Selling up your business? Don’t forget the “going concern” GST exemption

Dianne KennedyBlog, Tax

The concept of a “going concern” exemption for the purposes of the goods and services tax (GST) can still cause confusion when businesses are sold. The sale of a business may be GST exempt if the enterprise is deemed to be a “going concern” — which refers to an enterprise’s ability to continue trading. The ATO (and the GST legislation … Read More

The CGT implications of subdividing and building on the family property

Dianne KennedyAccounting and Tax, Asset Protection, Blog, Tax

Given the state of the property market in Australia these days, a not-uncommon situation can arise where a residential property owner seeks to demolish and subdivide the block containing the family home and build residential units. If you have the available land of course, the above is a solid strategy. However it can cause headaches from a tax perspective — … Read More

What is your “total superannuation balance” and why does it matter?

Dianne KennedyBlog, Strategic Planning, Tax


Recent superannuation reforms introduced a concept of “total superannuation balance”, which on the surface may give the simple impression that it is the sum of the balances of a person’s superannuation interests. However, this is not the case. What is the total balance relevant for? The total superannuation balance is relevant in determining a super fund member’s eligibility for: making … Read More

Simplified depreciation and the small business pool

Dianne KennedyAccounting, Accounting and Tax, Blog, Expenses and Claims, Tax

The simplified depreciation rules are attractive for small businesses as they allow an immediate write-off for assets costing less than $20,000. In contrast, tax paying entities that do not qualify as a small business must use the general depreciation rules (also known as the uniform capital allowance rules), where assets costing more than $100 need to be depreciated over their … Read More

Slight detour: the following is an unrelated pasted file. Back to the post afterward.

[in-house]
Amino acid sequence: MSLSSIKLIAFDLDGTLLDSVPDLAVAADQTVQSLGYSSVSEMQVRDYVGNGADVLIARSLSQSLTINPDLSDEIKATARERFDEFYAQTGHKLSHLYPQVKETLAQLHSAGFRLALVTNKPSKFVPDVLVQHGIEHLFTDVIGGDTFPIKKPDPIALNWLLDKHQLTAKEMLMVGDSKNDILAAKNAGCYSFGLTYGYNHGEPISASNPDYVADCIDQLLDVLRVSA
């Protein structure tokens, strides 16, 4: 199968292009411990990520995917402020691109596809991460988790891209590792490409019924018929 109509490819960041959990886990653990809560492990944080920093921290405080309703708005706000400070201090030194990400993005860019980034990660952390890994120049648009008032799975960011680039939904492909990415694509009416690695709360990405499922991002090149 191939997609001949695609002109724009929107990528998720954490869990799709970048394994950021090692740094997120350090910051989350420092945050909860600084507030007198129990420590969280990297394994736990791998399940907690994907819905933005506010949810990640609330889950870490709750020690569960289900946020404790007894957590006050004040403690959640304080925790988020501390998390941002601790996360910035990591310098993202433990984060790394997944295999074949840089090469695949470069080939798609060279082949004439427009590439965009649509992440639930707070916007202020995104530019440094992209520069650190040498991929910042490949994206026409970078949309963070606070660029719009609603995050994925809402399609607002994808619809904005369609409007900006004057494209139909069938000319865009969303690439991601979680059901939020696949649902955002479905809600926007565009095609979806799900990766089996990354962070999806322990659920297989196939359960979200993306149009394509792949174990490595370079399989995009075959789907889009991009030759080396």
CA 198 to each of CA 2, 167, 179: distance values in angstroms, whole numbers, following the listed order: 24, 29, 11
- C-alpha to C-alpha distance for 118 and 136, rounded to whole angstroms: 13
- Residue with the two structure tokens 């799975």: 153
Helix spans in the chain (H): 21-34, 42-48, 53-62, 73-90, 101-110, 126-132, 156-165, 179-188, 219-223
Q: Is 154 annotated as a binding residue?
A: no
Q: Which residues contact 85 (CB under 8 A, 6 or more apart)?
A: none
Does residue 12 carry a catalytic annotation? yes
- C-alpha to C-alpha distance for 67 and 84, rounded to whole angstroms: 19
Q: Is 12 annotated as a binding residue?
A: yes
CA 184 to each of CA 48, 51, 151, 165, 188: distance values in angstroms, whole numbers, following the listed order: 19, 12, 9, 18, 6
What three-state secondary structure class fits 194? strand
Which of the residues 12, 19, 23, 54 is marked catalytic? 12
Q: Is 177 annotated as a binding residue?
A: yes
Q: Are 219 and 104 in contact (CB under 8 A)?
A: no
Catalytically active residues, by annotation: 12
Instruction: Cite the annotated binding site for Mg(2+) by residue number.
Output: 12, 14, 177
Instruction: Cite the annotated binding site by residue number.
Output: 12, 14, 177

Gumtree or Facebook group sourced assets, and the realities of making a claim

Dianne KennedyAccounting and Tax, Blog, Expenses and Claims, Tax

A recent case before the Administrative Appeals Tribunal (AAT) brought into focus a growing phenomenon that you should keep in mind for work-related or business expense deduction claims, especially where the acquisition of claimable assets is made in a certain way. The engineer and his “invoice” The case involved a taxpayer’s attempt to make a claim for the cost of … Read More

Tax and the sharing economy

Dianne KennedyAccounting and Tax, Blog, Tax

The concept of a “sharing economy” has been around for long enough now to have had a very real impact on how we transact.  Think Uber, think Airbnb. By now, most people will have realised that the “sharing” part of the concept does not refer to an absence of any monetary exchange, but rather to the use and access of … Read More

PAYG Instalments: A beginner’s guide

Dianne KennedyBlog, Tax

Pay as you go (PAYG) instalments is a system for making regular payments towards your expected annual income tax liability. It only applies to you if you earn business and/or investment income over a certain amount. The Tax Office will notify you, or us on your behalf, if you need to start paying by instalments under the PAYG instalment system. … Read More

New small business CGT rollover relief

Dianne KennedyAccounting and Tax, Tax

Small businesses will be able to change their legal structure without triggering a capital gains tax (CGT) liability at that time based on legislation just passed. Eventual disposal of course is another matter. The measure is designed to provide greater flexibility for small businesses to change as the business changes. Small Business and Assistant Treasurer Kelly O’Dwyer said: “Small business owners who find they … Read More

3 Tips to Beat Bracket Creep

Dianne KennedyAccounting and Tax, Blog, Tax

3 tips to beat bracket creep

The government has said it is looking for ways to combat bracket creep – like making smaller brackets or adjusting them for inflation – but in the meantime, here’s how it affects the average working taxpayer. Jackie earned $179,000 a year (excluding super) during 2014-15. She sat in the $80,001 to $180,000 tax bracket, so her income in that bracket … Read More